Hel is the Norse queen of the underworld, a mother goddess in her underworld guise. She rules over a firey womb of regeneration and is especially responsible for those who die of disease or old age. Her underworld, unlike the Christian hell, which received its name from her, is simply an otherworld, a place of renewal rather than a place of punishment and misery. When northern shamans visit her realm, they put on a helkappe, magic mask (sometimes a helmet) that renders them invisible. It is possible that the masked harlequin, a standard character in commedia dell’arte, was originally one of the kindred of the goddess Hel. Hel is an embodiment of the divine mystery, a challenge to look behind the mask of appearances to see things as they really are.
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The National Church of Iceland continues to lose congregants. The latest data on religious registration from Registers Iceland reveals that the church lost 2,029 members during the first nine months of 2018. The State Church is the only of the five largest religious congregations to lose members this year.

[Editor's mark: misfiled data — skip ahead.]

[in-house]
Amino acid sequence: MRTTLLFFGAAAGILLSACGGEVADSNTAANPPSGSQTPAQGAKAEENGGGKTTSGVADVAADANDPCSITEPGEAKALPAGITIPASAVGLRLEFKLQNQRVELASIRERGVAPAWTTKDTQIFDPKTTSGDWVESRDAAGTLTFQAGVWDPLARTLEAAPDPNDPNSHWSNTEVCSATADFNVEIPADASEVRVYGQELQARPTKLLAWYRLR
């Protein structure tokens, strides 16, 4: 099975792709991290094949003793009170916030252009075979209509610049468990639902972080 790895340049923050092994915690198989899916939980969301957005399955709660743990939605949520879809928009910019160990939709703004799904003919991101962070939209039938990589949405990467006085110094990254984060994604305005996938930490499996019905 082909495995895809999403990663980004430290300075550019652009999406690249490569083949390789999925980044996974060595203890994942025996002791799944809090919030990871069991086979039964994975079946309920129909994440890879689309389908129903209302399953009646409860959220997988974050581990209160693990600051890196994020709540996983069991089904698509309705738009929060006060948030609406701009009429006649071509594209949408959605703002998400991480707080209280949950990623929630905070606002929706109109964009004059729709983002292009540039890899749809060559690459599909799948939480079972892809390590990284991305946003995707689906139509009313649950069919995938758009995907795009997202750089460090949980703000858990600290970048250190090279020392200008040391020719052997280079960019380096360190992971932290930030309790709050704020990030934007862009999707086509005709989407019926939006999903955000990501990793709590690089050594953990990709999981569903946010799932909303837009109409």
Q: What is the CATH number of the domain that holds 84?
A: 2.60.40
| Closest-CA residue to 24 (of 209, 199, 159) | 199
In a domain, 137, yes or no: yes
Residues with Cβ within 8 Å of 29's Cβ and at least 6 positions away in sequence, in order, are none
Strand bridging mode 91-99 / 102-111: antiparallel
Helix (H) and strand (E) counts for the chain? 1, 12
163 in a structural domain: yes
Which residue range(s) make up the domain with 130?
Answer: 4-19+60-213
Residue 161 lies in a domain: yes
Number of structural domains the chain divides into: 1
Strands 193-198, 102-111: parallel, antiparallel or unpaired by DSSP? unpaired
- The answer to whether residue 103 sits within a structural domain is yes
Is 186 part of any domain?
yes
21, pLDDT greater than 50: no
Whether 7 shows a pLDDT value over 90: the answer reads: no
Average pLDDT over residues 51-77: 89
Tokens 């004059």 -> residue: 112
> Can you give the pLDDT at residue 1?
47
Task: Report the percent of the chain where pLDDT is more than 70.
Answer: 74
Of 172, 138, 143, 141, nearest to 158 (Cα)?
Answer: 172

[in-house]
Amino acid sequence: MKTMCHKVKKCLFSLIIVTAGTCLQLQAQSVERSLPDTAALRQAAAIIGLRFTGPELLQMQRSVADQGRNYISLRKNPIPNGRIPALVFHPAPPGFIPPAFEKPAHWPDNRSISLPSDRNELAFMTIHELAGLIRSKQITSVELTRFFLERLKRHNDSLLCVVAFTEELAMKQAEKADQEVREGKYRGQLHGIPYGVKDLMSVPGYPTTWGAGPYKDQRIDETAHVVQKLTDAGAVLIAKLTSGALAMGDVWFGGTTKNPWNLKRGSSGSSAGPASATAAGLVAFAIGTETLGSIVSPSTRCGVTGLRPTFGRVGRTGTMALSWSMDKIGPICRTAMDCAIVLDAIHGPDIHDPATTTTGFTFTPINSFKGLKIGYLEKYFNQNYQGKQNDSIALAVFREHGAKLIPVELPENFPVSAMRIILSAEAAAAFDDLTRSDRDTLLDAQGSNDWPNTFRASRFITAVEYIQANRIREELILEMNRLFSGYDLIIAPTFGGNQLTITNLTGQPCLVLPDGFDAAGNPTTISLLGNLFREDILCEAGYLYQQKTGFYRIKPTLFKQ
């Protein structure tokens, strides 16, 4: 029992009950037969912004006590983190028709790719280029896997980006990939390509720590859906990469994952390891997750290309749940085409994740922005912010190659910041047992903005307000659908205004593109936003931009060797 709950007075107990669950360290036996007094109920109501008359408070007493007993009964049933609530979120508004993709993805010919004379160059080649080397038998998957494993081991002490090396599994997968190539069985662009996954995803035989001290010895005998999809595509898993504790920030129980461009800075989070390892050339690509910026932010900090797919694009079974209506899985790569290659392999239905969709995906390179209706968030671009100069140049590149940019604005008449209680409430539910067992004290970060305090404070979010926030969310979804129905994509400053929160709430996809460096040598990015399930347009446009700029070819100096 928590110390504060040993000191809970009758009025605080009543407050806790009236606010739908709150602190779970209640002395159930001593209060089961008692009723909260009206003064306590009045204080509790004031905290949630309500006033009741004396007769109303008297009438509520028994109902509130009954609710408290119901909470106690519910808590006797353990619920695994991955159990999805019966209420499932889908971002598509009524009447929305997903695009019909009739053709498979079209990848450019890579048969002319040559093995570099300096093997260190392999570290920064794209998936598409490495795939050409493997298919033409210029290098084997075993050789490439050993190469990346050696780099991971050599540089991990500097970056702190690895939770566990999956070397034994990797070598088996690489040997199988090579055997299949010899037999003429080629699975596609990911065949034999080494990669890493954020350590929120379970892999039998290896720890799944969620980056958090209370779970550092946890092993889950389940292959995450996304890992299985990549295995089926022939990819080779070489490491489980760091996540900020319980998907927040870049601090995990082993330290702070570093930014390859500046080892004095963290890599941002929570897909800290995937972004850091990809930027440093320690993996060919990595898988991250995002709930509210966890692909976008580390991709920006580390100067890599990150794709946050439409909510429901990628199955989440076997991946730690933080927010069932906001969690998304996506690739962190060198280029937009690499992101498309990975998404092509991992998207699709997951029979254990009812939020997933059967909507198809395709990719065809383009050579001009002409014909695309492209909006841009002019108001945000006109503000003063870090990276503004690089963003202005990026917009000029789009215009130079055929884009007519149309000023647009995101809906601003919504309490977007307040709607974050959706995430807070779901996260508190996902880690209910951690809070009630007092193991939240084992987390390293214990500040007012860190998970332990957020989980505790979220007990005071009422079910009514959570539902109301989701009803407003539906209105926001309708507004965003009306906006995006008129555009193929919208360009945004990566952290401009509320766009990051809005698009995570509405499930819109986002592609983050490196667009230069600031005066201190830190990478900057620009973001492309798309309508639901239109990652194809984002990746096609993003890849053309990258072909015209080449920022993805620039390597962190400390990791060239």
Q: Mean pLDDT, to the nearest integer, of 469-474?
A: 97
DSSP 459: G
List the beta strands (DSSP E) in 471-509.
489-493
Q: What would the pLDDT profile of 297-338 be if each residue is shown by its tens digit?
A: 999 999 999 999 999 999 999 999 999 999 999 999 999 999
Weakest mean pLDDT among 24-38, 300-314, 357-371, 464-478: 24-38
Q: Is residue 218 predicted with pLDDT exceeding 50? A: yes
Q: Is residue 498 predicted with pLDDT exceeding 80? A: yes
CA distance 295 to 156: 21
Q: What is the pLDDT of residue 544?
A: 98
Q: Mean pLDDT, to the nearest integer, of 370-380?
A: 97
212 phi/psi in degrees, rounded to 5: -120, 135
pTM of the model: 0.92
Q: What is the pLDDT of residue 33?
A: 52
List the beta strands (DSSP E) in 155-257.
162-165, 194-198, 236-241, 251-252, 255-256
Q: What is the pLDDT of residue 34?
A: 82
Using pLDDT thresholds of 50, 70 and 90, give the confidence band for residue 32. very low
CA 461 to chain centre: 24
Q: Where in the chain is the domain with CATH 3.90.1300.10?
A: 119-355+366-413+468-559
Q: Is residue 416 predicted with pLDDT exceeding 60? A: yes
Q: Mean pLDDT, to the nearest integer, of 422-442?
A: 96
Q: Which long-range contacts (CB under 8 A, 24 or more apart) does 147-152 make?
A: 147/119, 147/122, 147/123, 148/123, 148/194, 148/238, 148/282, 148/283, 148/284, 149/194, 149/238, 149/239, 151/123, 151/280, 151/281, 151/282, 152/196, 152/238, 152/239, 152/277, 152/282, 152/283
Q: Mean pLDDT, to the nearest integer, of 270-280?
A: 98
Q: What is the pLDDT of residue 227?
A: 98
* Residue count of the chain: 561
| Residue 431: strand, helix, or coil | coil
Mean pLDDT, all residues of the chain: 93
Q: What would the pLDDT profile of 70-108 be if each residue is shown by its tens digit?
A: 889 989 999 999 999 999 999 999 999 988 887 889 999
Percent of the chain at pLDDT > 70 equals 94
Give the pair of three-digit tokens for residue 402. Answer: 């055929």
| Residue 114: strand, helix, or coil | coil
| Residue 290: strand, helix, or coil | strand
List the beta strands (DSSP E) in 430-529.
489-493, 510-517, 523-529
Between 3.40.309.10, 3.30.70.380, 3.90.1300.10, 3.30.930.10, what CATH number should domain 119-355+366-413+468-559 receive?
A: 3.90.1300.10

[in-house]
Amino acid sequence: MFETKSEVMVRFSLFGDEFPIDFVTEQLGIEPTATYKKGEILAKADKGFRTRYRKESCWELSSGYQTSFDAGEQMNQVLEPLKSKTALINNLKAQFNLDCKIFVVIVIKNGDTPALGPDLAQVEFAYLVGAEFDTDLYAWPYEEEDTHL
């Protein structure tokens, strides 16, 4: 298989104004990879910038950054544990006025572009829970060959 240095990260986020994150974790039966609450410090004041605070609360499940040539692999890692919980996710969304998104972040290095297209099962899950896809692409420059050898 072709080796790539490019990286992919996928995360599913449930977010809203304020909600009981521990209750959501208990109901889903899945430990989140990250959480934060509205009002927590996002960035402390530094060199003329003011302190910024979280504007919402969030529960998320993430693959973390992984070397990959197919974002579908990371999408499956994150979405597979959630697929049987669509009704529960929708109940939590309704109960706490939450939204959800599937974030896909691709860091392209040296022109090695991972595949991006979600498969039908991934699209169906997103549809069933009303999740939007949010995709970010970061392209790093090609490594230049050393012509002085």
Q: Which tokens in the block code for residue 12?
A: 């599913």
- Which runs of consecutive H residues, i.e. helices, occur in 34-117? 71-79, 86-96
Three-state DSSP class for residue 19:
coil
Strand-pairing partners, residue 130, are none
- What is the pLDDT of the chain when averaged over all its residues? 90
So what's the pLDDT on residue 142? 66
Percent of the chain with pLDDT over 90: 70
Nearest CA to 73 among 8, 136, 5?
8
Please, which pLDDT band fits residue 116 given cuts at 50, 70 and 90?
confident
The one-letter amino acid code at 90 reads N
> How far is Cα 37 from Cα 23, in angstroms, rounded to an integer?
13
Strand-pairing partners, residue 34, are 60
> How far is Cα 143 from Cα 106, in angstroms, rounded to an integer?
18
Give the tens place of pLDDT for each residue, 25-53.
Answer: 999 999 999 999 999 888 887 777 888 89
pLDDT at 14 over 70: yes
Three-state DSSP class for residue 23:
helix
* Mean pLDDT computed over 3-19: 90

Four Christian, one pagan congregation
The five largest religious congregations in Iceland are the National Church, with 233,062 members, 65.6% of the population, the Catholic Church of Iceland, with 13,799 members (3.9%), The Free Church of Reykjavík with 9,866 members (2.8%), the Free Church of Hafnarfjörður with 6,946 members (2%) and Ásatrúarfélagið, the Pagan Association of Iceland, with 4,349 members (1.2%). No other congregation tops 1% of the population.
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The religious practices and convictions of Icelanders have been undergoing rapid changes in the past years. The most recent data from Registers Iceland shows that Icelanders continue to turn their backs on the National Church of Iceland. At the turn of the century 89% of Icelanders were members of the National Church. This figure has dropped down to 65.6%.
Read more: Icelanders abandon National State Church, as old pagan Ásatrú continues to grow
At the same time the old Nose paganism Ásatrú is doing well. According to the latest figures from Registers Iceland 4,375 people belonged to the two separate pagan congregations, the small Reykjavíkurgoðorð (26 people) and the much larger Ásatrúarfélagið (4,349). Currently 1.2% of the population belongs to the pagan congregations. This makes the old pagan religion of the Vikings not only the fastest growing religion in Iceland, but also the largest non-Christian religion.
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